Looking Back: Perspectives from an Editor

I joined The Blue & Gold my freshman year because I loved sports and I thought I was sort of good at writing, but mostly because I loved sports in more ways than just playing it. 

When I walked into the room freshman year, I was an awkward 14-year-old who did not know how to approach upperclassman or, quite frankly, anyone I did not already know. 

I did not realize at the time how much the class would mean to in these four years and the pride I would build in my involvement with the student publication. 

I can honestly say that this has been one of the highlights of my four years at Malden High and I am going to miss the class and my peers very much. 

The class has helped with way more than just improving my writing skills. Beyond that and my evolution as a reporter, The Blue & Gold has allowed me to get comfortable with own awkwardness and sense of humor and eventually really sharpen my leadership skills. 

I went from dreading approaching the senior varsity athletes when I was assigned to cover cross country my freshman year to chasing down four different interviewees in one day, including one in the middle of the street, in the face of a fast approaching deadline.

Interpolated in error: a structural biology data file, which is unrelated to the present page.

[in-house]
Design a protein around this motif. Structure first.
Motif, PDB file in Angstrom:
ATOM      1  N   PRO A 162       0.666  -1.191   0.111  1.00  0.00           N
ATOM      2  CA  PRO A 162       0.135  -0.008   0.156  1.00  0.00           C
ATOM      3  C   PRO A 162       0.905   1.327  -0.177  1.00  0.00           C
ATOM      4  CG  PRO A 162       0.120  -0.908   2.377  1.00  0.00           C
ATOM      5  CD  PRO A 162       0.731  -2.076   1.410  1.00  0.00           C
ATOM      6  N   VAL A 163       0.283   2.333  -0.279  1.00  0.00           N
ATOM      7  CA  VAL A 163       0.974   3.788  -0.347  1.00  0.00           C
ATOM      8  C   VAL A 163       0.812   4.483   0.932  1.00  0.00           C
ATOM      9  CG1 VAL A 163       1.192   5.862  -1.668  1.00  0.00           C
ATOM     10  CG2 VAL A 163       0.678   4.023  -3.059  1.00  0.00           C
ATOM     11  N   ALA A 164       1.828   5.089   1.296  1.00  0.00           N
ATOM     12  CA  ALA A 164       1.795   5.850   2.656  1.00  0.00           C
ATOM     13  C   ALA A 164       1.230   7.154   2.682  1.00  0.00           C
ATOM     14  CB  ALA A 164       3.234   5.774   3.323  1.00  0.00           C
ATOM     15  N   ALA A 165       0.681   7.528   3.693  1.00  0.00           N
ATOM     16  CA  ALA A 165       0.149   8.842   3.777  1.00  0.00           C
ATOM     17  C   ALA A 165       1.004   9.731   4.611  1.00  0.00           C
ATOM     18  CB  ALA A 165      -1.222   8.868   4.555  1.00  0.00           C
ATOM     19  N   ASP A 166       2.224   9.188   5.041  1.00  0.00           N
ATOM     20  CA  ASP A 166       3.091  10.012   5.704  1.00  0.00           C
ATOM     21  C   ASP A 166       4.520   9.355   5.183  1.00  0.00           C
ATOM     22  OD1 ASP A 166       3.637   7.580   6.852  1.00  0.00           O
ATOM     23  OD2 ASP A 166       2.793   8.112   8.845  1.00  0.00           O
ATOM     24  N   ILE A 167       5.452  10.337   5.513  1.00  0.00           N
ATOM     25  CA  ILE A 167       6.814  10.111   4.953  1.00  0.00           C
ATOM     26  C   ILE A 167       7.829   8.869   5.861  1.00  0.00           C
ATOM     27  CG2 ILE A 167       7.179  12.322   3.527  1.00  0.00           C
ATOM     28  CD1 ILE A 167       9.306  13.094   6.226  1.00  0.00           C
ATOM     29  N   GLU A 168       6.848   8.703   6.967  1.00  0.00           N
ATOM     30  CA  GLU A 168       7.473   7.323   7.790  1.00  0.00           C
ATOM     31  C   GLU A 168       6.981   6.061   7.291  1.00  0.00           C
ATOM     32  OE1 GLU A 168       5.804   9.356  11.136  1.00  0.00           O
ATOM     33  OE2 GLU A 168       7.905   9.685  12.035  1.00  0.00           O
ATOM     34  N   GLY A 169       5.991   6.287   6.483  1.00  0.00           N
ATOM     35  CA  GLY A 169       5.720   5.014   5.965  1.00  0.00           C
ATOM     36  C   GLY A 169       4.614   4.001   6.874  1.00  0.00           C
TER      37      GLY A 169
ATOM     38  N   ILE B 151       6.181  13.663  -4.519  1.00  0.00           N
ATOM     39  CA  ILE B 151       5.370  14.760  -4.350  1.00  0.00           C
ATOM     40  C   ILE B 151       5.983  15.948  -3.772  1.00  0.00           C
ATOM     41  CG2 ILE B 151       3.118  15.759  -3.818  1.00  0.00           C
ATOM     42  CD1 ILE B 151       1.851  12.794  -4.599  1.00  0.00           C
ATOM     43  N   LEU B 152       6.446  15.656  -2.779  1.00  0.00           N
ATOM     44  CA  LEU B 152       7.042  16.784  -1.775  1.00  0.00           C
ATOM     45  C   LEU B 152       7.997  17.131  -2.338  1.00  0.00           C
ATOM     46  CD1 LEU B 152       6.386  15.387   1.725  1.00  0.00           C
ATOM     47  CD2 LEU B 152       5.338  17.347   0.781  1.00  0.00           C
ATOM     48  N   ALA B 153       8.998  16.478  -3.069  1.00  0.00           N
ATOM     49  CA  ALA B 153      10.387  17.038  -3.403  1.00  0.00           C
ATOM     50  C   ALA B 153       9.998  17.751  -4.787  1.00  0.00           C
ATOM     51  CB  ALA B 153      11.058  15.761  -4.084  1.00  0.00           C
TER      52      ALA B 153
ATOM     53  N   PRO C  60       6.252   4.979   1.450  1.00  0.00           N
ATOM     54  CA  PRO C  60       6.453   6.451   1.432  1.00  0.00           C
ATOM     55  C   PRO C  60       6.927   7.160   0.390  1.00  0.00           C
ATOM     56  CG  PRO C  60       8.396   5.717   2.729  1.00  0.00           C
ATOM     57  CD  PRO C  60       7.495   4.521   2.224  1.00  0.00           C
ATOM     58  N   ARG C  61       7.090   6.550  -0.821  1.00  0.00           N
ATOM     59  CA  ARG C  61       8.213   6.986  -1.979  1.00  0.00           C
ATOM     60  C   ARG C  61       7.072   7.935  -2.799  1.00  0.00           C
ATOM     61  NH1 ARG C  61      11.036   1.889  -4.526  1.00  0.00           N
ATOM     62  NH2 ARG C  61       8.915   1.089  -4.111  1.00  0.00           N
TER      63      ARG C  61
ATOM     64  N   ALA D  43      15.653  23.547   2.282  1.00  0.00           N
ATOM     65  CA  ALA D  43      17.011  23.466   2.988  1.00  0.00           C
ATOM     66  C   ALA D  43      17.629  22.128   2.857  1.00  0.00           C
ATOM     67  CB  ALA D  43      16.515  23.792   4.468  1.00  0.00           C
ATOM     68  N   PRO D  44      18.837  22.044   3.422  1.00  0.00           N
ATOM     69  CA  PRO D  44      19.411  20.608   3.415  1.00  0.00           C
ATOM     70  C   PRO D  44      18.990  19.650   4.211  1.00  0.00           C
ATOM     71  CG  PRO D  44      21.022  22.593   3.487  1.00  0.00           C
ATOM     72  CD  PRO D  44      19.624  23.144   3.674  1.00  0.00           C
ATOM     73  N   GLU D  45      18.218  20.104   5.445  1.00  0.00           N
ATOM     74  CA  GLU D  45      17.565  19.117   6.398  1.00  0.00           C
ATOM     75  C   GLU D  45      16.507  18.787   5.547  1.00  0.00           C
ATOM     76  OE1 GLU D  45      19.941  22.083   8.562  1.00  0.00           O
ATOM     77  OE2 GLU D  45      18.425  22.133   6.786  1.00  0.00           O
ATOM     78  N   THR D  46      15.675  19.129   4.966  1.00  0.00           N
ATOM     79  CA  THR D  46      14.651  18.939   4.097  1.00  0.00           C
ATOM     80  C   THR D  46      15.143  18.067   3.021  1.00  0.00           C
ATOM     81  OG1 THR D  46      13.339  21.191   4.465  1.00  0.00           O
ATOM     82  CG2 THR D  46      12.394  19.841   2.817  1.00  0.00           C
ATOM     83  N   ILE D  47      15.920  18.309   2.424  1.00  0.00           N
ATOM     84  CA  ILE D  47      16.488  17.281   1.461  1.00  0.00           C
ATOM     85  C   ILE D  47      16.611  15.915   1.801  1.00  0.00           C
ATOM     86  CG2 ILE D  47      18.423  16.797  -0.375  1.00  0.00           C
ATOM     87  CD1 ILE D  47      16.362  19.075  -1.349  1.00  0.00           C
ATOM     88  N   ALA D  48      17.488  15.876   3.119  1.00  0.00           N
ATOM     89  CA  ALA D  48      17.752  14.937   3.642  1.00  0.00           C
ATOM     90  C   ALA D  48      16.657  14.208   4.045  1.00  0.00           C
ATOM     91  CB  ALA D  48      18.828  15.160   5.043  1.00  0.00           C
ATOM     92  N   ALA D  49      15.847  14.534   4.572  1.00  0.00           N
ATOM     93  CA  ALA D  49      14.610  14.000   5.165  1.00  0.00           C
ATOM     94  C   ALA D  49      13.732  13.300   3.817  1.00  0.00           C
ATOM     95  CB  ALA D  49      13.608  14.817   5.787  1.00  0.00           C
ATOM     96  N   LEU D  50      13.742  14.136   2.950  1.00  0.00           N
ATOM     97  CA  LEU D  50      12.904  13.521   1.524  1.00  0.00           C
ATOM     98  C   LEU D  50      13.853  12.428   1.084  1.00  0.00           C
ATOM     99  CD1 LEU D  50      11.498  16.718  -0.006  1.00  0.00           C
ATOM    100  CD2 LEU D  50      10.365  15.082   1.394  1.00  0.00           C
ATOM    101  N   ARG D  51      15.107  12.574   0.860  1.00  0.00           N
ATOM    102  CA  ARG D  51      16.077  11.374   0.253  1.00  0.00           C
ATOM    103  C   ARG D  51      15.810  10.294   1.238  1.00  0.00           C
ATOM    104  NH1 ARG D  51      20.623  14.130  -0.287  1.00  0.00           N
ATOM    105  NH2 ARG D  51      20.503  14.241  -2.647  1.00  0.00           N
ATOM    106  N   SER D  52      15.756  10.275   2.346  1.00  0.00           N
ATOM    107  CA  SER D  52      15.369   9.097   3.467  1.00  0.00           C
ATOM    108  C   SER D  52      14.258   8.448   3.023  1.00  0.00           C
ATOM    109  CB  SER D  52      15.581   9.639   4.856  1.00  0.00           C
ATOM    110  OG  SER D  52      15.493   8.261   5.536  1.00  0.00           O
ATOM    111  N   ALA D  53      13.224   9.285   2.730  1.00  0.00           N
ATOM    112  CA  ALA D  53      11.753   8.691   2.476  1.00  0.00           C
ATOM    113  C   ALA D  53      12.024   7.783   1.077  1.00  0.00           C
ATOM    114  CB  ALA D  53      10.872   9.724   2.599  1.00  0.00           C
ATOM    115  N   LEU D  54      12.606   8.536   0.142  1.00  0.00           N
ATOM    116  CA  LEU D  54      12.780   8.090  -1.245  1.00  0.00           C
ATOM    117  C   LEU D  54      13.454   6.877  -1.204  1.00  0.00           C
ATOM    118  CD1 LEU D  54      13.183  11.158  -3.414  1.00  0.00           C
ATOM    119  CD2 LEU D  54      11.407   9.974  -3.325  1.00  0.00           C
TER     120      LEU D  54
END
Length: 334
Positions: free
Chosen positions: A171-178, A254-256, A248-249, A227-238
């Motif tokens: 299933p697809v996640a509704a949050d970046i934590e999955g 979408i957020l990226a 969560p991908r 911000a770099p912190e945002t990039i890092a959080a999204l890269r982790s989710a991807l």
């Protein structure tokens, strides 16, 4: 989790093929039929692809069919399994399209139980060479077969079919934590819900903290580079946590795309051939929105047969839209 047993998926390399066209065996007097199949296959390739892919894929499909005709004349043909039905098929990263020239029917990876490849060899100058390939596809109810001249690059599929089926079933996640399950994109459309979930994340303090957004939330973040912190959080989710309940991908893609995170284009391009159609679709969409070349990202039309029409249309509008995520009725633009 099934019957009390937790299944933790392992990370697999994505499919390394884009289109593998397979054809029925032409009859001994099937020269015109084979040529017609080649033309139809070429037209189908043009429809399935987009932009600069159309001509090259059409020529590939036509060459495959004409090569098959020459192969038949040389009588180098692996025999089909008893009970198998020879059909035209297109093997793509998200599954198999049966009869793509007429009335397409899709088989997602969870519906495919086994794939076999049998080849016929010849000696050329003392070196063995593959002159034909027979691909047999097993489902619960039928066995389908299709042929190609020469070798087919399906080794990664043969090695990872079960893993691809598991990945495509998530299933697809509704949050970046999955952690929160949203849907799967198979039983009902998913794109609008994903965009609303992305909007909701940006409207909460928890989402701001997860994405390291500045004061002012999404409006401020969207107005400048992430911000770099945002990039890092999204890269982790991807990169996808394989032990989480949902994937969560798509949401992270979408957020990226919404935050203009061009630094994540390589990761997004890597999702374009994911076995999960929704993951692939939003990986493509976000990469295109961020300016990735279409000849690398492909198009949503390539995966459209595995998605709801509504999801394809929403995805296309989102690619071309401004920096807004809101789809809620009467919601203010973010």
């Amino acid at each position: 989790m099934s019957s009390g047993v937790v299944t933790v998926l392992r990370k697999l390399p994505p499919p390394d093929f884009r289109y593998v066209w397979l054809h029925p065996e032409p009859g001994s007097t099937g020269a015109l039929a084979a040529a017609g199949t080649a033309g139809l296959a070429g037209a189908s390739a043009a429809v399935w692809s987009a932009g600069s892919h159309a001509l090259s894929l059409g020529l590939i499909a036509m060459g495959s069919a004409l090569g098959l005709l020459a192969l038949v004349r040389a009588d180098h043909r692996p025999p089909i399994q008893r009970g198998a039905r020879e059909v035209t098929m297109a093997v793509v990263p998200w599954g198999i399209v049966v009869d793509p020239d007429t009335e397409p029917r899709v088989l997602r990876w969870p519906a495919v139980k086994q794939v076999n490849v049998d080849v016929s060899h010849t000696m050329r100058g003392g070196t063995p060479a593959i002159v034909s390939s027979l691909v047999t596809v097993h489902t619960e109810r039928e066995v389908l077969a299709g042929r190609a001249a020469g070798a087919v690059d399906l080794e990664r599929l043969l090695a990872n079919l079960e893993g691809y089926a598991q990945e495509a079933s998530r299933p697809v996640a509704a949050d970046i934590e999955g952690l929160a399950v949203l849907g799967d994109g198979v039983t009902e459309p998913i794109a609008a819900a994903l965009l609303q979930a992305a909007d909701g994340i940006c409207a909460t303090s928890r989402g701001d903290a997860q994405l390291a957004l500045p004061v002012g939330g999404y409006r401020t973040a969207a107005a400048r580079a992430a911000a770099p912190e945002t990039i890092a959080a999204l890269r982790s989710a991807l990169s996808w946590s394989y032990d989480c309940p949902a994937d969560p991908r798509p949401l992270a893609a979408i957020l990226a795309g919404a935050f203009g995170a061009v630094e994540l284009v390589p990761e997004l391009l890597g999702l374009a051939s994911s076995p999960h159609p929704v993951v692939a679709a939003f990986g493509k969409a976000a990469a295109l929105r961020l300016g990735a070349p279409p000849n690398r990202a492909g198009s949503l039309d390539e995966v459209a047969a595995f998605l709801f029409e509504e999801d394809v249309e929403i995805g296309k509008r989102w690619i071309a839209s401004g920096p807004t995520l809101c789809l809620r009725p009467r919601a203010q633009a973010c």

From the very beginning, I built a strong relationships with my editors. It was from the recollection of how approachable and kind they were to me that inspired me when I took on leadership positions junior and senior year. 

My fondest memory in the class was most definitely writing the Super Bowl story following the Patriots’ stunning victory over the Falcons during my sophomore year. Our print deadline was the morning following Super Bowl Sunday and I was at a watch party at my friend’s house, furiously jotting down notes. In addition to how the thrilling the game turned out to be and the jubilant environment at the watch party, 

I really felt the pressure of the deadline that was coming next morning and finished the 1,000 word front page story at 3:30 am. I have stayed up late for other school assignments before and although I do not think that article was my best work, never have I felt more like a real journalist than with that story. 

One of the things I have loved the most this year is that after every print edition we put out, my calculus teacher Ms. Mateeva would ask me if I had any columns in the newspaper for that edition. She turned out to be my most loyal reader and it meant the world to me when at the end of the year she suggested that I keep writing. 

And I think I will.     

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